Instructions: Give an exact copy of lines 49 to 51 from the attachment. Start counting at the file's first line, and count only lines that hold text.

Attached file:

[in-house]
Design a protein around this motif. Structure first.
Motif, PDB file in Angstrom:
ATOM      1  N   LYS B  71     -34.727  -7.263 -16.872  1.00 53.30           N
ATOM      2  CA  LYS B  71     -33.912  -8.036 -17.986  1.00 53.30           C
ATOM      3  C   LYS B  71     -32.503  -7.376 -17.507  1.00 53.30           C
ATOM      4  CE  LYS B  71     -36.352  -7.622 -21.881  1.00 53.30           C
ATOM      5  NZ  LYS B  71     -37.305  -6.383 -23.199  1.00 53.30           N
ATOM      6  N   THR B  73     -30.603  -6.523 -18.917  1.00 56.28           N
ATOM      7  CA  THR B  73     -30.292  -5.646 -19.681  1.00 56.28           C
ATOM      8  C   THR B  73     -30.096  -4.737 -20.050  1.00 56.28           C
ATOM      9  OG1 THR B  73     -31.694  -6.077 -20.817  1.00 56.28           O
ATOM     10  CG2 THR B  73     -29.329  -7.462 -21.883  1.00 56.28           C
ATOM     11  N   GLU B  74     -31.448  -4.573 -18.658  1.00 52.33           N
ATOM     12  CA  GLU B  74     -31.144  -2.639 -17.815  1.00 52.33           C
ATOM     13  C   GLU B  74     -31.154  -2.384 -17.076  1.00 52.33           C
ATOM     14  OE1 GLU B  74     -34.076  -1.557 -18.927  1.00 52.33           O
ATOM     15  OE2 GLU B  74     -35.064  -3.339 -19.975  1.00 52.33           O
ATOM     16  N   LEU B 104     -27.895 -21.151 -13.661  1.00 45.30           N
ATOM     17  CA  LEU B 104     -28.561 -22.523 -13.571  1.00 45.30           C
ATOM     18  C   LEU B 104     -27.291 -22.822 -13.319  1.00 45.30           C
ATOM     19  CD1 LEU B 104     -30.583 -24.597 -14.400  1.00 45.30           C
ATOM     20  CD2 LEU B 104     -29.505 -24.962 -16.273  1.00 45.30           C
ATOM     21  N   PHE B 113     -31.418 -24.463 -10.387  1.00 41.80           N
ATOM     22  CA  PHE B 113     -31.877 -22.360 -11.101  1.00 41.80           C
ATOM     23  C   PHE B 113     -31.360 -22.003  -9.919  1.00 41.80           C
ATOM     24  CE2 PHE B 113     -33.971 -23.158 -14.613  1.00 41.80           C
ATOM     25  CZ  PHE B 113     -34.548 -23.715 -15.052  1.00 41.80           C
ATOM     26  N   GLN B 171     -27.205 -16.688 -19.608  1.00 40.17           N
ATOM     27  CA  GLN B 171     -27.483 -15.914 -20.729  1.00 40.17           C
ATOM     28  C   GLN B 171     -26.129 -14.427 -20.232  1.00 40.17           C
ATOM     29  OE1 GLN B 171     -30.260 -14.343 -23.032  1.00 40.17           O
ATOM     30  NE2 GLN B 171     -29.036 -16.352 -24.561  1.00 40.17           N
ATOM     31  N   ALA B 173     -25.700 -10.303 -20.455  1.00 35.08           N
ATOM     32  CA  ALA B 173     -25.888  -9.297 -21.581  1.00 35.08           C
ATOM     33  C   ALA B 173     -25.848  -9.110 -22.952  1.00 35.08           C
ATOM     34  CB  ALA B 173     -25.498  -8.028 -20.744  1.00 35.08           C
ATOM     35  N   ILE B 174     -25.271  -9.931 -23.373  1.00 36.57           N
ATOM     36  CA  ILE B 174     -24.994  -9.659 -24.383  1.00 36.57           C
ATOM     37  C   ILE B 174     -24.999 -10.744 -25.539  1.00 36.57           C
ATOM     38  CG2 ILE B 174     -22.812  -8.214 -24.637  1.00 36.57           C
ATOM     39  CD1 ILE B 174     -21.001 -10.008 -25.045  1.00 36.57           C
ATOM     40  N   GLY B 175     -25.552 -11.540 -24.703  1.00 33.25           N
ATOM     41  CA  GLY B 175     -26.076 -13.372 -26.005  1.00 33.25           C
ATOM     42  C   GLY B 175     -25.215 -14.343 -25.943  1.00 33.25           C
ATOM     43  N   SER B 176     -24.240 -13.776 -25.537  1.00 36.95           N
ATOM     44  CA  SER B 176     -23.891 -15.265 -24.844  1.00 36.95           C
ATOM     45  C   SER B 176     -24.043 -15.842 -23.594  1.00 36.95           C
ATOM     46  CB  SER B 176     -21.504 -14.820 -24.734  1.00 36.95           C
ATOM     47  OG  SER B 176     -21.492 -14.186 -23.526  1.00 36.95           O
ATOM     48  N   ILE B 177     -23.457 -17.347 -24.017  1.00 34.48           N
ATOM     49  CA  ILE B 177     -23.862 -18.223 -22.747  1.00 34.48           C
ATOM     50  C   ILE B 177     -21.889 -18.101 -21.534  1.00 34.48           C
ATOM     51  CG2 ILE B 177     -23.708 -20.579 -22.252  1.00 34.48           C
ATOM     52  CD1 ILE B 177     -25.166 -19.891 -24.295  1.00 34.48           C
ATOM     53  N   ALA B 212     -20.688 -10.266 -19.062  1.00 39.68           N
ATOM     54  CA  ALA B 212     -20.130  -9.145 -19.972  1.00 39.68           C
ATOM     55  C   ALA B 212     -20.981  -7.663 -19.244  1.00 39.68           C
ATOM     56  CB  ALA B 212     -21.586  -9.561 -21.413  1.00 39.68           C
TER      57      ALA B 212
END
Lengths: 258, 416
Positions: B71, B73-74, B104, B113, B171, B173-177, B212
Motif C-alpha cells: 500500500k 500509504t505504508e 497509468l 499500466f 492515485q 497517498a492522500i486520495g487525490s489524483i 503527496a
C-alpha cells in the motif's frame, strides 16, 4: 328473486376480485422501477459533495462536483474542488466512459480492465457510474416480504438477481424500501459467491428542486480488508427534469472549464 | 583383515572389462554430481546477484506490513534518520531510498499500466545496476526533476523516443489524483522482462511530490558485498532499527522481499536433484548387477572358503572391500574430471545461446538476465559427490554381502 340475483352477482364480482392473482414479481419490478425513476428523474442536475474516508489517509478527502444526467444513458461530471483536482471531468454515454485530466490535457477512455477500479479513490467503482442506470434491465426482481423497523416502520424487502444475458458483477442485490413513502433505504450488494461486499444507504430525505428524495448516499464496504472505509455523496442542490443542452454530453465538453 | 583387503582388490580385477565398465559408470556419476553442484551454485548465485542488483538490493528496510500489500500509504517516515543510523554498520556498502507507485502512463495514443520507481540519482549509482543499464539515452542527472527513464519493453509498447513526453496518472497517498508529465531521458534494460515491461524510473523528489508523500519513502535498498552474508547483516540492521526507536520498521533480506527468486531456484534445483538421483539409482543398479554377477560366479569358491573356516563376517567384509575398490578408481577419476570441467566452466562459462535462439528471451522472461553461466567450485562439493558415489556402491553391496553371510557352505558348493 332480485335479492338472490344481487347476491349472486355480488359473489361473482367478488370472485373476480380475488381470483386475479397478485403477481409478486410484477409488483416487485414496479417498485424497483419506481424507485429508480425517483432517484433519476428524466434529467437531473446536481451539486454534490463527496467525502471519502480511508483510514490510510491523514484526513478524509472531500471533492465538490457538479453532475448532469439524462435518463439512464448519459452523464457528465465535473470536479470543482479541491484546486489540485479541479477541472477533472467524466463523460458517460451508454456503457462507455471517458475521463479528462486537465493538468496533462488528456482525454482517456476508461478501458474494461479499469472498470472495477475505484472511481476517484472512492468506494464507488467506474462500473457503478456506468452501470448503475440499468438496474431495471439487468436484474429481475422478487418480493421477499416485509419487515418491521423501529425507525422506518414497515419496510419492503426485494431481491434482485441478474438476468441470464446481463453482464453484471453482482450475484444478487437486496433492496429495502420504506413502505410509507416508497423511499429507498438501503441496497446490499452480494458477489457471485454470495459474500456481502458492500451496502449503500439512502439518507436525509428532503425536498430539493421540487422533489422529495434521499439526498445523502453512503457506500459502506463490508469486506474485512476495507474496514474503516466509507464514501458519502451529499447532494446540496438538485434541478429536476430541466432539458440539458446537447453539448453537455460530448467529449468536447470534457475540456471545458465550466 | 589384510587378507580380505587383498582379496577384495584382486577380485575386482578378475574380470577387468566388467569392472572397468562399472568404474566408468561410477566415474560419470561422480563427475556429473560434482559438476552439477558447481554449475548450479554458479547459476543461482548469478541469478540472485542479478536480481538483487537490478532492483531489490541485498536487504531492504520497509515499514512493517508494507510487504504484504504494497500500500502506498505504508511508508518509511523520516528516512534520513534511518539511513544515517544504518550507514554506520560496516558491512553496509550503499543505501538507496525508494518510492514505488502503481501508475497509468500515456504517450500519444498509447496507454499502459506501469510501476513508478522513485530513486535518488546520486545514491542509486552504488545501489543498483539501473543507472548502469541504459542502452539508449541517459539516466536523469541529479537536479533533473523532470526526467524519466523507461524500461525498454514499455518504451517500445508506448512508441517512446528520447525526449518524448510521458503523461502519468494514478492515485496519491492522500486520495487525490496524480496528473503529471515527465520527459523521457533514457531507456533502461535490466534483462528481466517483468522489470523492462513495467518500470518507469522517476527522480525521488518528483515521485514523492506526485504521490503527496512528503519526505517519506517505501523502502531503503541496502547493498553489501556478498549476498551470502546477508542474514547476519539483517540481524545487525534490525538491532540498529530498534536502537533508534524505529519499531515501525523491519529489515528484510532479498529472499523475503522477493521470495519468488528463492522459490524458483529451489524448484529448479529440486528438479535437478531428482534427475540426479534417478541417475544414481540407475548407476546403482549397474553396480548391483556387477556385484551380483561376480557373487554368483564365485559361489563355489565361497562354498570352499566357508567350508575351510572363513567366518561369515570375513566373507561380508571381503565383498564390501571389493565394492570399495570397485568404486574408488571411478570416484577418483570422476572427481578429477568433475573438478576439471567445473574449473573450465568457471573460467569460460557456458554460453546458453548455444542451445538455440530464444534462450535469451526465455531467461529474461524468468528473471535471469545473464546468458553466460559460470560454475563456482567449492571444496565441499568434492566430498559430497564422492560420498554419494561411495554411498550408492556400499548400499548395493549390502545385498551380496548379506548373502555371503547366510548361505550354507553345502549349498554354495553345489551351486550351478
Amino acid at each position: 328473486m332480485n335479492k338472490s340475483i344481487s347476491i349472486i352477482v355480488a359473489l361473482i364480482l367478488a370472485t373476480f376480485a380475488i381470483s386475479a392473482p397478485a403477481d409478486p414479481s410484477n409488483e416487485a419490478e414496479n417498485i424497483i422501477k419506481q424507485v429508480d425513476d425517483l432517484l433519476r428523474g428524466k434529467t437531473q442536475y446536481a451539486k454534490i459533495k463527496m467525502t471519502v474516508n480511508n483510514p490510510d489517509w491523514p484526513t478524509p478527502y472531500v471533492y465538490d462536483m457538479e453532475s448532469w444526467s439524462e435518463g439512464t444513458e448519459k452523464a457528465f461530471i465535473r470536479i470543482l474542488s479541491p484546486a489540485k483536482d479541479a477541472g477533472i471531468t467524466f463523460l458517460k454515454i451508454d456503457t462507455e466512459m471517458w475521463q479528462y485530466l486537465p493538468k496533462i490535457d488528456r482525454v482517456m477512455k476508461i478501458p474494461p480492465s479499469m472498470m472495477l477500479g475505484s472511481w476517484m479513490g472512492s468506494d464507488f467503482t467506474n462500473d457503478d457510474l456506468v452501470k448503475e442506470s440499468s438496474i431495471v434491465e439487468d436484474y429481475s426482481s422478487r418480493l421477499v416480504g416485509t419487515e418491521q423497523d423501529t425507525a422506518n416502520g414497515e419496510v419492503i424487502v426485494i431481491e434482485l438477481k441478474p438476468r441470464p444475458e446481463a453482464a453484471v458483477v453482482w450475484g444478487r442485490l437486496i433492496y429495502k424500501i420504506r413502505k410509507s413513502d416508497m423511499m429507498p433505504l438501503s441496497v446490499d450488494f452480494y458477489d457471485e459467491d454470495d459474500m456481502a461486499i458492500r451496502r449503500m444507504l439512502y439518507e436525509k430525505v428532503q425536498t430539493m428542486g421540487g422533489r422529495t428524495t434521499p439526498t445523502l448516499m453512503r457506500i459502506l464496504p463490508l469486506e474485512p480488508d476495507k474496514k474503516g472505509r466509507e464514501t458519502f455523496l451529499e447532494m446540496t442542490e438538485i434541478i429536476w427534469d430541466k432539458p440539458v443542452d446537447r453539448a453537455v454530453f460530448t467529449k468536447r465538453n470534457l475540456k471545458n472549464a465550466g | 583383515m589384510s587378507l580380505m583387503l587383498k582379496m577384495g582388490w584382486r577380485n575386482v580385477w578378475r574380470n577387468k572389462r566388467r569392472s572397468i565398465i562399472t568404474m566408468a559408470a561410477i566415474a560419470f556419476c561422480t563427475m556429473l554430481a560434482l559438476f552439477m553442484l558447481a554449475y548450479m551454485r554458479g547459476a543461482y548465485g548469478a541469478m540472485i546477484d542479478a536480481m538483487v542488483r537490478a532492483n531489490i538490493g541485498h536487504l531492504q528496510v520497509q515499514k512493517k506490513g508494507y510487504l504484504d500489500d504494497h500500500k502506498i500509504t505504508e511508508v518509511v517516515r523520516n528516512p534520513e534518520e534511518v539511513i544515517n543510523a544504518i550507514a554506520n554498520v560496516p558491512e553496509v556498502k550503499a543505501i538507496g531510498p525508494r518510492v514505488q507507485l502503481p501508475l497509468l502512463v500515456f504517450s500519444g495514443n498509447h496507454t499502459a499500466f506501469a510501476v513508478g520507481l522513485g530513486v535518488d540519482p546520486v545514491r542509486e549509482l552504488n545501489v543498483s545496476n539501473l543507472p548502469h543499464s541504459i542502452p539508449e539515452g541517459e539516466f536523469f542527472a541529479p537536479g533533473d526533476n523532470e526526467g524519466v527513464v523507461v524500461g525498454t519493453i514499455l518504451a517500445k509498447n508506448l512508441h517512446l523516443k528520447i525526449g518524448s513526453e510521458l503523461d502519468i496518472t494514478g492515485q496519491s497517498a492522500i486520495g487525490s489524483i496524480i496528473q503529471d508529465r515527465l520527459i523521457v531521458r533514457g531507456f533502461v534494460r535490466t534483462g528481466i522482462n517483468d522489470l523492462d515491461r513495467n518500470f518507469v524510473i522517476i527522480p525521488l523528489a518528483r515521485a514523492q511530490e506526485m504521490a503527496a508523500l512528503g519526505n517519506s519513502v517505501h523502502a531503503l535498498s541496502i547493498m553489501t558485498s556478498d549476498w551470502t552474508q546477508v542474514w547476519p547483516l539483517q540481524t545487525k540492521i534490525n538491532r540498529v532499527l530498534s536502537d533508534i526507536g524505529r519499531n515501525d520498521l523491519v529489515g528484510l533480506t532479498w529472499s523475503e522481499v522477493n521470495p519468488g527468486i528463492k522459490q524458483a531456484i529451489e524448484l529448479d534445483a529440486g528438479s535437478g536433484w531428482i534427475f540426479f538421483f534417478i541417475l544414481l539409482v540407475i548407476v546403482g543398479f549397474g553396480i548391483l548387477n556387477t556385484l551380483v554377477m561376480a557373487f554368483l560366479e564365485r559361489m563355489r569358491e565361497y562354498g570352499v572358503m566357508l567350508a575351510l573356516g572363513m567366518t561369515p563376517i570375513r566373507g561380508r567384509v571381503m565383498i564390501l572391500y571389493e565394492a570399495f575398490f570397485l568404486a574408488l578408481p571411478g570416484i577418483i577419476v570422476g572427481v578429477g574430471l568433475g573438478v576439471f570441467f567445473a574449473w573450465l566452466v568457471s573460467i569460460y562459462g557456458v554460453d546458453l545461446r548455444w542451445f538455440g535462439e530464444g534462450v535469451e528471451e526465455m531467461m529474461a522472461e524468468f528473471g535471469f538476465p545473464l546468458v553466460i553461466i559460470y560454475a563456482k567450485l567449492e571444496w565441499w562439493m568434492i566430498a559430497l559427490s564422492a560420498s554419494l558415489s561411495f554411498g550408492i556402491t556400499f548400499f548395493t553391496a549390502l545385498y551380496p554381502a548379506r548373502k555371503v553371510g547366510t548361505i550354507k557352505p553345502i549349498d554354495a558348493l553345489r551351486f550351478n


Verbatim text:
ATOM     46  CB  SER B 176     -21.504 -14.820 -24.734  1.00 36.95           C
ATOM     47  OG  SER B 176     -21.492 -14.186 -23.526  1.00 36.95           O
ATOM     48  N   ILE B 177     -23.457 -17.347 -24.017  1.00 34.48           N